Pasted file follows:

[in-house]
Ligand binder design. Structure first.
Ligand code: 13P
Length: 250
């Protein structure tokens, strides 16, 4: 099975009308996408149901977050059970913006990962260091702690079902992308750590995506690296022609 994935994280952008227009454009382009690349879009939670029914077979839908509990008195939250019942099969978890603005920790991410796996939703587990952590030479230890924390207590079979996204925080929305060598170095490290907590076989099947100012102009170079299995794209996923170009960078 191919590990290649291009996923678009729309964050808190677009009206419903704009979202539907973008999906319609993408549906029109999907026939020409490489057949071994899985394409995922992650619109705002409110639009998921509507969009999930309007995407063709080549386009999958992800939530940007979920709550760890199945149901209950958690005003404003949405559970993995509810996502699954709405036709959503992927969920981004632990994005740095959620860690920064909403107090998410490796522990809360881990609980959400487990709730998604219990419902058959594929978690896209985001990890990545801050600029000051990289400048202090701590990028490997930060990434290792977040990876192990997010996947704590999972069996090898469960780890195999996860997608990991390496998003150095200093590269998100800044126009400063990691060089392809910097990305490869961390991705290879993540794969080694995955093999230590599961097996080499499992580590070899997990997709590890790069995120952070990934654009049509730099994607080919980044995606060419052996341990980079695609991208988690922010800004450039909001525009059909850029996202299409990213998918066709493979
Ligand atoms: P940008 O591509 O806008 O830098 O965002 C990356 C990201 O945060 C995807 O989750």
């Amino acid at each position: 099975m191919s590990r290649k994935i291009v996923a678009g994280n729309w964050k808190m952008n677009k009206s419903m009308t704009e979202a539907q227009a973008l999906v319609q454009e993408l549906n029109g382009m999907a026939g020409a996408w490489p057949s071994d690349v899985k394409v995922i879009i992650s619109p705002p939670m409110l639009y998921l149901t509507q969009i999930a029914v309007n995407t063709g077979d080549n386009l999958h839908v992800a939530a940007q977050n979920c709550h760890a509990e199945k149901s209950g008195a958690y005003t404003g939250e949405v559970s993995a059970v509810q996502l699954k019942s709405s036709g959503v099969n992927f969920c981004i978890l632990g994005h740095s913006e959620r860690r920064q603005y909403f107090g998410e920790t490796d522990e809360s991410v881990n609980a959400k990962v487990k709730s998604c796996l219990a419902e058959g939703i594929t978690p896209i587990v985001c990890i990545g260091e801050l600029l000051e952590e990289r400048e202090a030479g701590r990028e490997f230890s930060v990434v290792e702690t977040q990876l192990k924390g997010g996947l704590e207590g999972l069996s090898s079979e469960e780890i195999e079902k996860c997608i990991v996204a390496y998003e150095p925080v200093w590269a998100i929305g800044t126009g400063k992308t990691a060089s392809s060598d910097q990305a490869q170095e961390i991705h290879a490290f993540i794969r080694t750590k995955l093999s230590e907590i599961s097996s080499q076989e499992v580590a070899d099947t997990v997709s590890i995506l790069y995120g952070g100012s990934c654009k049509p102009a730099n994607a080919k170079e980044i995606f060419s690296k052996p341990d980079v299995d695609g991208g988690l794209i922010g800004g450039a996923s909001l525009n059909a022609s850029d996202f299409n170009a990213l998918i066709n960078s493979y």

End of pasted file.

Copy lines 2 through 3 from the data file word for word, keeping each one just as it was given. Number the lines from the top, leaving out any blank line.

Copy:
Ligand binder design. Structure first.
Ligand code: 13P